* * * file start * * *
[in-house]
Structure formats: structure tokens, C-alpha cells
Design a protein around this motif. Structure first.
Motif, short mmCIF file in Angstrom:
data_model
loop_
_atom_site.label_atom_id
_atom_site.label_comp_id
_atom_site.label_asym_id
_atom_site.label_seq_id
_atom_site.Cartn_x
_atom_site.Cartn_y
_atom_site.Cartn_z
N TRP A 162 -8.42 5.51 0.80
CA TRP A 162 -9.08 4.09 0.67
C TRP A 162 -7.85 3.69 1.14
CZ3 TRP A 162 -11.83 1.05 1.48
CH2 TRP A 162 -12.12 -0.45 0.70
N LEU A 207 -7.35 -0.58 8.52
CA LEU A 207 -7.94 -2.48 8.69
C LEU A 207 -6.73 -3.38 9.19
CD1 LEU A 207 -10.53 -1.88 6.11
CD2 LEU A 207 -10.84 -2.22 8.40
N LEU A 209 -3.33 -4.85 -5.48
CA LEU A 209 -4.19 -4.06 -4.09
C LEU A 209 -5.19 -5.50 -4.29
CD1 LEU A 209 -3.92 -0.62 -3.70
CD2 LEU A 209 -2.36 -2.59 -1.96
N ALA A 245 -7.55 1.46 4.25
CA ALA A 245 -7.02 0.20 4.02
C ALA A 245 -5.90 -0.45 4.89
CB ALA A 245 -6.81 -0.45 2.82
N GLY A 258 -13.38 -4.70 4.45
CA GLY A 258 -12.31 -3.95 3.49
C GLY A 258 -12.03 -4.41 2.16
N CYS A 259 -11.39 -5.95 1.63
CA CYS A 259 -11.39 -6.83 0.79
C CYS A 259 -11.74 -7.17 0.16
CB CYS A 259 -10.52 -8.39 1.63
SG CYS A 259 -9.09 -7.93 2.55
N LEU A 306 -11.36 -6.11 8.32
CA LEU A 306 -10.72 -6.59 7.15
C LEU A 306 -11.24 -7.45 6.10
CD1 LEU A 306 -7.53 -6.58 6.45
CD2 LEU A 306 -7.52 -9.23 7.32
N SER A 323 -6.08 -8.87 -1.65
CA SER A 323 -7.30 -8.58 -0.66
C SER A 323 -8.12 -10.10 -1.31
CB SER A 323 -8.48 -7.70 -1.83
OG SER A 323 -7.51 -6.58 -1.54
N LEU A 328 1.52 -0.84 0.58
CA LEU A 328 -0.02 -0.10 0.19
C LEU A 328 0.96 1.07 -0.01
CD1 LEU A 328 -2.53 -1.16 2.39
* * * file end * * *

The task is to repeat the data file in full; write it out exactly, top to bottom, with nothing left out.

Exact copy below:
[in-house]
Structure formats: structure tokens, C-alpha cells
Design a protein around this motif. Structure first.
Motif, short mmCIF file in Angstrom:
data_model
loop_
_atom_site.label_atom_id
_atom_site.label_comp_id
_atom_site.label_asym_id
_atom_site.label_seq_id
_atom_site.Cartn_x
_atom_site.Cartn_y
_atom_site.Cartn_z
N TRP A 162 -8.42 5.51 0.80
CA TRP A 162 -9.08 4.09 0.67
C TRP A 162 -7.85 3.69 1.14
CZ3 TRP A 162 -11.83 1.05 1.48
CH2 TRP A 162 -12.12 -0.45 0.70
N LEU A 207 -7.35 -0.58 8.52
CA LEU A 207 -7.94 -2.48 8.69
C LEU A 207 -6.73 -3.38 9.19
CD1 LEU A 207 -10.53 -1.88 6.11
CD2 LEU A 207 -10.84 -2.22 8.40
N LEU A 209 -3.33 -4.85 -5.48
CA LEU A 209 -4.19 -4.06 -4.09
C LEU A 209 -5.19 -5.50 -4.29
CD1 LEU A 209 -3.92 -0.62 -3.70
CD2 LEU A 209 -2.36 -2.59 -1.96
N ALA A 245 -7.55 1.46 4.25
CA ALA A 245 -7.02 0.20 4.02
C ALA A 245 -5.90 -0.45 4.89
CB ALA A 245 -6.81 -0.45 2.82
N GLY A 258 -13.38 -4.70 4.45
CA GLY A 258 -12.31 -3.95 3.49
C GLY A 258 -12.03 -4.41 2.16
N CYS A 259 -11.39 -5.95 1.63
CA CYS A 259 -11.39 -6.83 0.79
C CYS A 259 -11.74 -7.17 0.16
CB CYS A 259 -10.52 -8.39 1.63
SG CYS A 259 -9.09 -7.93 2.55
N LEU A 306 -11.36 -6.11 8.32
CA LEU A 306 -10.72 -6.59 7.15
C LEU A 306 -11.24 -7.45 6.10
CD1 LEU A 306 -7.53 -6.58 6.45
CD2 LEU A 306 -7.52 -9.23 7.32
N SER A 323 -6.08 -8.87 -1.65
CA SER A 323 -7.30 -8.58 -0.66
C SER A 323 -8.12 -10.10 -1.31
CB SER A 323 -8.48 -7.70 -1.83
OG SER A 323 -7.51 -6.58 -1.54
N LEU A 328 1.52 -0.84 0.58
CA LEU A 328 -0.02 -0.10 0.19
C LEU A 328 0.96 1.07 -0.01
CD1 LEU A 328 -2.53 -1.16 2.39